By: J. Marlando
I love roses and I think most of the entire world’s population does—when I was the young boy I had two favorite plants in our yard—the lilac bush and the rose bush. I can still recall my grandmother talking to all her flowers and telling them how beautiful they were and that she loved them. I talked to them too and made them happy!
Last evening my wife cut two roses from our yard and put them in a small vase and left them on my desk. That made me happy!
Roses are the most romantic flowers on the planet; they are delicate, lovely and very feminine. They have been a favorite for weddings, anniversaries and other happy occasions for hundreds of years. And more, a bouquet of roses as a surprise gift to wives, girlfriends, moms, grandmothers and sisters always serve to simply say I love you.
Red roses are typically the romantic gift but the beauty of all roses tends to touch our hearts no matter what color.
The ancient history of the rose is intriguing and grows just about everywhere at least in the Northern Hemisphere. It is thought that the Chinese were first to cultivate the blooms in prideful gardens some 500 years before Jesus. Roses were given much importance in ancient Mesopotamia. And, the Persians loved the flower. They made rose wine out of rose pedals which makes rose pedal wine one of the most ancient of all wines. Anyway, the oldest rose fossil to be found to date was discovered in Colorado and is more than 35 million years old. (Researchers say that flower fossils—not resembling our modern roses or daisies—may prove older than 140 million years). And while we’re on the subject of old age one of the world’s oldest growing rose bushes is over 1000 years old and growing in the courtyard of Hildesheim Cathedral in Germany.
In the ancient and Greek mythologies the red rose was associated with the goddess of love: In Greece Aphrodite in Rome Venus and the very scent of roses symbolized the Norse goddess of love and marriage, Frigga In our modern day culture the rose not only symbolizes love but of devotion and fidelity; a major reason why roses decorate just about all marriage ceremonies.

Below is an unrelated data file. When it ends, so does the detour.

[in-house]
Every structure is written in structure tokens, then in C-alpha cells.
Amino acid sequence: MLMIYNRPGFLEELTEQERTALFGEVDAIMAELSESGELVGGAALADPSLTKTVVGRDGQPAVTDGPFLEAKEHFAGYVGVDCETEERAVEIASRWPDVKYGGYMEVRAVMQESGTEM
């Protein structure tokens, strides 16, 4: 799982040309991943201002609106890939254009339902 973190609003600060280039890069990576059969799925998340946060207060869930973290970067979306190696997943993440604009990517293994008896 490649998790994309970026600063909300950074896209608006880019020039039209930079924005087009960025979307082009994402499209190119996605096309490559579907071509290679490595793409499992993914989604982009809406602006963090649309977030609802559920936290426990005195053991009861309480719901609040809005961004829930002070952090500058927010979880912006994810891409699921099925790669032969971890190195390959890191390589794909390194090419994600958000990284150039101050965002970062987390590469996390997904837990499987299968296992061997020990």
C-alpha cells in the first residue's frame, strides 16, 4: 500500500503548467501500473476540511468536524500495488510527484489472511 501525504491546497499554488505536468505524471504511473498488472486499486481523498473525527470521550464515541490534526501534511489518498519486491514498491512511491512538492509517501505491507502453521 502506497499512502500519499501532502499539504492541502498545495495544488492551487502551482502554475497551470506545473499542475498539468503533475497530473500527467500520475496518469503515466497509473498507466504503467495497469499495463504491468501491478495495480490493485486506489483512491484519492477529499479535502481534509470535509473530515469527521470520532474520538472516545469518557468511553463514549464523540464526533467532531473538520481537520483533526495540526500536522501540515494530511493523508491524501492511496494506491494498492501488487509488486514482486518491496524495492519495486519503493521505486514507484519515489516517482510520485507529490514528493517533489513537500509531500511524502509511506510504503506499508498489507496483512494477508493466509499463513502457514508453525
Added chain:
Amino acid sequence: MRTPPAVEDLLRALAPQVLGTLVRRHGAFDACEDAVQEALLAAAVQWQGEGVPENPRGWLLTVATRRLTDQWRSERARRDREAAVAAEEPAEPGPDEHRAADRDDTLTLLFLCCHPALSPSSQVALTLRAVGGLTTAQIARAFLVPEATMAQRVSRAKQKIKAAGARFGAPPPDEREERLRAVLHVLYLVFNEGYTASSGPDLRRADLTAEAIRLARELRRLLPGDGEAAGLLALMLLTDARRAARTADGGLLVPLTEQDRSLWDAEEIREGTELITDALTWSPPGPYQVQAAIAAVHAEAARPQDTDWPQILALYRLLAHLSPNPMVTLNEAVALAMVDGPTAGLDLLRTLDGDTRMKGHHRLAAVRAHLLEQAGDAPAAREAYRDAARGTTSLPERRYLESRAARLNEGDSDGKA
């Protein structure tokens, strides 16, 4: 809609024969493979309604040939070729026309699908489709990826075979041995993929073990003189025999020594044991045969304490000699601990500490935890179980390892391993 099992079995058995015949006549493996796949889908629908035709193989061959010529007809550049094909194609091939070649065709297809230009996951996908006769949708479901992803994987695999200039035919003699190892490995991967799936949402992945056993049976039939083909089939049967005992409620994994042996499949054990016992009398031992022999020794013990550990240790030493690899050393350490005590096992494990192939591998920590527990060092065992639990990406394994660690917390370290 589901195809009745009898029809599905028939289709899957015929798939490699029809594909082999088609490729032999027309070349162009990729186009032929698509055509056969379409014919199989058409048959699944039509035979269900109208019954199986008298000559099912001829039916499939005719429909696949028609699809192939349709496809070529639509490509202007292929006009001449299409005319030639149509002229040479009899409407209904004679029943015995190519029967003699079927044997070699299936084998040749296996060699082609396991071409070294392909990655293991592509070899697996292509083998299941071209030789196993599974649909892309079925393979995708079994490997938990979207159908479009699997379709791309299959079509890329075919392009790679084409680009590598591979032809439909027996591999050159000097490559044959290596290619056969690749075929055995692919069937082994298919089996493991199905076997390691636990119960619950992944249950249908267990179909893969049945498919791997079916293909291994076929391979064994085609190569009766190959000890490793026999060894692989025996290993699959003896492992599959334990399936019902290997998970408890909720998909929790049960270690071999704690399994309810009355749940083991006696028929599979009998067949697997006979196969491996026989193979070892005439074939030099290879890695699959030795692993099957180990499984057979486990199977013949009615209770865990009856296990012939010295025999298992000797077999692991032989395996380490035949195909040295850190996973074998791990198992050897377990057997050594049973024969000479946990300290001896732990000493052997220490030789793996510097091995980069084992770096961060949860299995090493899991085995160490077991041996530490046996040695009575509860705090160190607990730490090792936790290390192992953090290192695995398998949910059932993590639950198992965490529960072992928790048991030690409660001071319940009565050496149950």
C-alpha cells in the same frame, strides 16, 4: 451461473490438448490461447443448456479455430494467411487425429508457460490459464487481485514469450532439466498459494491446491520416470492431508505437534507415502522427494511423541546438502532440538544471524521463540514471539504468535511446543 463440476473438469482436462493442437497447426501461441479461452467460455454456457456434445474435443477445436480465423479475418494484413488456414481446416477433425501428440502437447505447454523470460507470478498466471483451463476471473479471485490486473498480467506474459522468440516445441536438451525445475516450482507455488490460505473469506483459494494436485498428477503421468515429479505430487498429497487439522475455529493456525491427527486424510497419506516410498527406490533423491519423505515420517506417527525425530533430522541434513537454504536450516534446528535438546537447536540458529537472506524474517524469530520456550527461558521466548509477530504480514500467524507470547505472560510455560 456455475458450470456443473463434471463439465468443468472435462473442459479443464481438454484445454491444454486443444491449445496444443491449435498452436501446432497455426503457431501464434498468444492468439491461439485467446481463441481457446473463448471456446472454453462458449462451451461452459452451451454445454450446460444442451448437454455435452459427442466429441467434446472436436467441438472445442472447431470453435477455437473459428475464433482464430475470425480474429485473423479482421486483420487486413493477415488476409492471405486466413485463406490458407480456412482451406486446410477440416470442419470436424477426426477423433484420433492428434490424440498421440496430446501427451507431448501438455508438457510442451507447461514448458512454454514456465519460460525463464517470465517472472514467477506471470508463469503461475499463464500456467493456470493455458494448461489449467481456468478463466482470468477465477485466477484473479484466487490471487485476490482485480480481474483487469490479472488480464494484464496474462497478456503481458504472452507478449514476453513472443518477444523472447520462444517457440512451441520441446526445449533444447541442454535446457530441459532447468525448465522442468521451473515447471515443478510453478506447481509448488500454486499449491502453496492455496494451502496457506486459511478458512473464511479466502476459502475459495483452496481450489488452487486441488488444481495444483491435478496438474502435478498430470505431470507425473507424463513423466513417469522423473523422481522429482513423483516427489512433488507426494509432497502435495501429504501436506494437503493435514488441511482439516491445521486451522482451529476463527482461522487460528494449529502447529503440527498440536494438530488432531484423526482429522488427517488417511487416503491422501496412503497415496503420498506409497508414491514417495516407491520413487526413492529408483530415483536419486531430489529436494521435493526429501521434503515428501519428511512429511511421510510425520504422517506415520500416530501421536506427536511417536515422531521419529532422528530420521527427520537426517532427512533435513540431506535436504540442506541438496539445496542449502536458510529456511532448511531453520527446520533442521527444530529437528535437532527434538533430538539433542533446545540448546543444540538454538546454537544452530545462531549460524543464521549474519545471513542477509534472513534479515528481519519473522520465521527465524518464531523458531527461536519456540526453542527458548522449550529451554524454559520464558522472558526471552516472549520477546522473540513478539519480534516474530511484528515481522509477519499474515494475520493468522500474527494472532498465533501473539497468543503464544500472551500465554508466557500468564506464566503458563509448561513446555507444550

Rose bushes in bloom certainly add beauty and grace to any yard and as beautiful and delicate as they are, they are truly easy to grow. For bare root planting simply pick out a pot, put a healthy mixture of planting soil in, go to your nursery and by you starter plant and you’re good to go. It’s good to soak you the roots of your rose plant before planting, however!
You can plant and start roses from cuttings too which is actually cloning.
Once you’ve chosen a healthy bush to take your clipping from plant them in your pot immediately and water. Watering is tricky, however, since with cuttings if you water to much you can cause them to rot. Also, with new cutting it is always good to create a greenhouse effect to keep moister in the air. You can use a plastic bag from the supermarket depending on the size of your pot. The alternative is to use a spray bottle two or three times a day. That’s what we do when we do our bare rooting.
I like planting in the groundThe major thing to remember when planting besides adding planting soil to your natural dirt is to make sure your rose bush is going to get at least six hours of sun a day.
If you happen to be new to planting, the nursery person will be glad to help you with all you need to grow roses and most will advise you even if you are going to use cuttings. Oh yes, an interesting tip: When you cut a stem for planting from your existing rose bush, take your cutting from a blooming stem. If you take a cutting from a non-blooming stem you will clone a non-blooming bush.
No matter how you decide to plant your roses there is a ton of great Google How-to articles and I have never been to a nursery that hasn’t been gracious about offering help and advice.
Roses are beautiful, historical and romantic. There is simply a mystique about the lovely blooms that we all feel in our hearts something perhaps of universal love.